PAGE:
What my mother could envision was a future in which I made my own choices. I don’t think either of us could have predicted what happens when you multiply that sense of agency by an entire generation.
Do you Suffer from Decision Fatigue? by John Tierney, The New York Times Magazine (August)
Remember that Jewish Israeli prisoner who appeared at 3:10 p.m. and was denied parole from his sentence for assault? He had the misfortune of being the sixth case heard after lunch. But another Jewish Israeli prisoner serving the same sentence for the same crime was lucky enough to appear at 1:27 p.m., the first case after lunch, and he was rewarded with parole. It must have seemed to him like a fine example of the justice system at work, but it probably had more to do with the judge’s glucose levels.
Healthy is not Enough by Allison, Always Something (November)
I was eight both the first time I called myself a feminist, and the first time I cried because my stomach stuck out… My mixed ideologies meant I would be a modern, working woman who was empowered, but I would also be thin and lovely.
The Possibilian by Burkhard Bilger, The New Yorker (April)
If Eagleman’s body bears no marks of his childhood accident, his mind has been deeply imprinted by it. He is a man obsessed by time. As the head of a lab at Baylor, Eagleman has spent the past decade tracing the neural and psychological circuitry of the brain’s biological clocks.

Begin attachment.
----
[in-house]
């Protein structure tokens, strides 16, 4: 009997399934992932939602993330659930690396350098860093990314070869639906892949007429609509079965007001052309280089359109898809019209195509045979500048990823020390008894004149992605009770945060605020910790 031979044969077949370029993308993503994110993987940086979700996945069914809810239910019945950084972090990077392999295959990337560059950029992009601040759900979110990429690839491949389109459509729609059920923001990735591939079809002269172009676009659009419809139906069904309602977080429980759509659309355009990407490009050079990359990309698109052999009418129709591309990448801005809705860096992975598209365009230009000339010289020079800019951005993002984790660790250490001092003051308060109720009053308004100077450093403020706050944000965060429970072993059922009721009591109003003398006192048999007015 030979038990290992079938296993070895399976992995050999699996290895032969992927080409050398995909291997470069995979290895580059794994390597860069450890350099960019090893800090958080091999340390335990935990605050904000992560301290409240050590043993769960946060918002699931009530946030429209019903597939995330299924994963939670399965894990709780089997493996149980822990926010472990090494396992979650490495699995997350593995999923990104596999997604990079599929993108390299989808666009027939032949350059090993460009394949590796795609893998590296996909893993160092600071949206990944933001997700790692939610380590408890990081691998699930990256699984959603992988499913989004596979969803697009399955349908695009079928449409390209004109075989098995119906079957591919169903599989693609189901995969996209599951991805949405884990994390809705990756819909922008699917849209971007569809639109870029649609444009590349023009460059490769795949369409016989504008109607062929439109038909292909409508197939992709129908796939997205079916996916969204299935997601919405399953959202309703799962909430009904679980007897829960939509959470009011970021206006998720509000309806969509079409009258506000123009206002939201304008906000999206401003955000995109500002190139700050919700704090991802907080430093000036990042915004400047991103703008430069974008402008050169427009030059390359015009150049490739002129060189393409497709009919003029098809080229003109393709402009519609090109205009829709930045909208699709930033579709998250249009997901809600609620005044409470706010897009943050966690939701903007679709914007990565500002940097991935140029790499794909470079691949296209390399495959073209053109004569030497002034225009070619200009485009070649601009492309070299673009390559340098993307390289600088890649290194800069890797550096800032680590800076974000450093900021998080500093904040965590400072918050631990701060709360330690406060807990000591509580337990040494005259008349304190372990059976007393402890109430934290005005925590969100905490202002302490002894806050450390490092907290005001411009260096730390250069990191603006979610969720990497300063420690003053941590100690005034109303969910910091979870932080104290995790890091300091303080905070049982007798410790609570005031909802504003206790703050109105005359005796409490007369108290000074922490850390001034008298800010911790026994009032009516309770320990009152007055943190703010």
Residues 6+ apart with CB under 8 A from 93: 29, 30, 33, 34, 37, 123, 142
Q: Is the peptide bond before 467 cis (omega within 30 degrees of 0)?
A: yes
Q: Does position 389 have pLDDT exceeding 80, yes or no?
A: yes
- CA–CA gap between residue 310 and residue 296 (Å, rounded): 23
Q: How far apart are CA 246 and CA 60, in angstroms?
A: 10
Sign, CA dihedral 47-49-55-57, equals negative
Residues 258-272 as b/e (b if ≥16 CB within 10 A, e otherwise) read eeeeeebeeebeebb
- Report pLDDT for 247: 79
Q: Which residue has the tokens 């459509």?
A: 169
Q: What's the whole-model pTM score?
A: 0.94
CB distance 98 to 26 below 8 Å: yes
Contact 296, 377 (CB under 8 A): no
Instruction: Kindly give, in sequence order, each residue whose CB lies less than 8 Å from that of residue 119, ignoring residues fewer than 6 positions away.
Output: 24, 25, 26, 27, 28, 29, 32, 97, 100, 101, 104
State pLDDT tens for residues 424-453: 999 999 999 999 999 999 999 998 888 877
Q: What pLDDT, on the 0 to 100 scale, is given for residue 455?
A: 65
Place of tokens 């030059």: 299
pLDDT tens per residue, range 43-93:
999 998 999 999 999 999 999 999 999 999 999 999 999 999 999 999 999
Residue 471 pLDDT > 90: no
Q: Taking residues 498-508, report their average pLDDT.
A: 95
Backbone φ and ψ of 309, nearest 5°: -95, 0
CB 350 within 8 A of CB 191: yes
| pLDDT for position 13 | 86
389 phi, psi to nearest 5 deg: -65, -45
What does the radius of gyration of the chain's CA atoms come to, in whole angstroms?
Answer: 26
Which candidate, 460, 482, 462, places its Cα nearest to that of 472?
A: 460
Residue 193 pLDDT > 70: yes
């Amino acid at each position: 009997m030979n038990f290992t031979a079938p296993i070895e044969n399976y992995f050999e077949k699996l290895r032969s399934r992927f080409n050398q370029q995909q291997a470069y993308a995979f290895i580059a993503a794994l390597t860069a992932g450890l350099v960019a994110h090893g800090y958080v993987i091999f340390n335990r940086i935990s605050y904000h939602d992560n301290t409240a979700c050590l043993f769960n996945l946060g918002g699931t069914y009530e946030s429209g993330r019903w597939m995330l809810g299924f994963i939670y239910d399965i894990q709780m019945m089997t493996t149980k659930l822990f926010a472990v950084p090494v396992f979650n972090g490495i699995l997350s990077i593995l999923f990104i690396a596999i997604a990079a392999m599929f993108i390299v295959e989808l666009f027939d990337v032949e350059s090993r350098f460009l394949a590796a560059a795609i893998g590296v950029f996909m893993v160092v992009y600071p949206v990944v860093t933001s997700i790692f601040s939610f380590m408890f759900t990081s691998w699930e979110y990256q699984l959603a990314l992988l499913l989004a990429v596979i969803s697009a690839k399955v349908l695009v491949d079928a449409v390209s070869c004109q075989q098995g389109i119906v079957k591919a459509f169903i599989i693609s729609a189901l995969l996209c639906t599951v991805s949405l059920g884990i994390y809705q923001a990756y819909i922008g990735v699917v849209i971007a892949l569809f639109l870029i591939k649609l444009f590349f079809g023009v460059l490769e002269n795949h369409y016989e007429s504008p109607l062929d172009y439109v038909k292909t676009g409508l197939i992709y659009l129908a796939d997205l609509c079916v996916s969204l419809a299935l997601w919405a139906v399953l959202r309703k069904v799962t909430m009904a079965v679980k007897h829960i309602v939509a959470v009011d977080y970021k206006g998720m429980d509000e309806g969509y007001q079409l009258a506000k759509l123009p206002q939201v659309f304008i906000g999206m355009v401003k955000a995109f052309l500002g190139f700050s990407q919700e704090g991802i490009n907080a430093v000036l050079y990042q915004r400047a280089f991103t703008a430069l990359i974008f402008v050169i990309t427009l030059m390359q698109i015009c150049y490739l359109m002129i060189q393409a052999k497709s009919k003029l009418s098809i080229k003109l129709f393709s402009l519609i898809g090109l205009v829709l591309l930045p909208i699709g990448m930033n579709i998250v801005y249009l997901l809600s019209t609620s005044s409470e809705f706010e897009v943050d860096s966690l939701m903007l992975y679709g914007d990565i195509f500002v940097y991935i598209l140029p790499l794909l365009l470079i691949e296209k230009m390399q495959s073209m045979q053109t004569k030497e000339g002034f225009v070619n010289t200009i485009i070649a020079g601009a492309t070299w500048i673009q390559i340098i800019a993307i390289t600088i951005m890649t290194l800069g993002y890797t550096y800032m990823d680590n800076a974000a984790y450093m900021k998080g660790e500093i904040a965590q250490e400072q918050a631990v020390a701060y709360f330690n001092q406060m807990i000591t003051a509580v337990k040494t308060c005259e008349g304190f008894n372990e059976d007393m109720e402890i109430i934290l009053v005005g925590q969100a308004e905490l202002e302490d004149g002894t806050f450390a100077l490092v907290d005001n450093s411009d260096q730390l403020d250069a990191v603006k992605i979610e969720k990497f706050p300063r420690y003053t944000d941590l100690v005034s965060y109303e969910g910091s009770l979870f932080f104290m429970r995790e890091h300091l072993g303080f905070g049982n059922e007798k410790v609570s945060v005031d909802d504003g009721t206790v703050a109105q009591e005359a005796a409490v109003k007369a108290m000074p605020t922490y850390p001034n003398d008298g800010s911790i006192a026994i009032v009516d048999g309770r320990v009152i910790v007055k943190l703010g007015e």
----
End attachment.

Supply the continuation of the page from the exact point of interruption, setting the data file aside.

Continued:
What Kind of Happy are You? by Susan Cain, The Power of Introverts (December)
It’s not an exultant kind of happiness. It feels more like a marveling at the fragile beauty of the human condition, and a pleasure in having someone articulate it so sensitively.
The Wedding by Shannalee T’Koy Mallon, Food Loves Writing (November)
…and I held his hand and I looked at his ring and I called him my husband and he called me his wife, and we knew this was big, this day, this commitment, this new family we had made. And just like that, it was over. Or just like that, it begun.
Champagne flute in hand – see you in 2012!
Previous years-in-review on anthimeria.com
Warm thanks for the above images, all on Flickr:
Recipes for a life take many forms, concocted from the stories we share with the people we love. I’m lucky in this life that I am able to share my stories and to read yours. 2010 was filled with so many good ones, wasn’t it? Below I’ve collected some of the best from 2010 – in my estimation – of my own and as told by others.
Thank you for reading along another year.
Twelve things I wrote in 2010
But in this place, this moment – they are just right. The breeze is powerful and salty and full of clay-earth. It blows the curtains like great flowery sails above my head. I stare at the ceiling, listening to the clock that accompanies me through each siesta.
Wooden Spoons (February)
Theorists discuss lofty things in abstract terms, but most arguments root in a few key themes: the good, justice, fairness, equality. Call my comparison a stretch, but I think cooking does the same basic thing.
Dad visits me in Toronto for the day and lets himself into the apartment to leave a three-litre jar of olives on the counter. He always has an array of garlicky Greek spreads waiting when I get off the train, be damned if it’s two in the morning. One memorable evening, he traveled the entire city of Windsor on a midnight fudge run.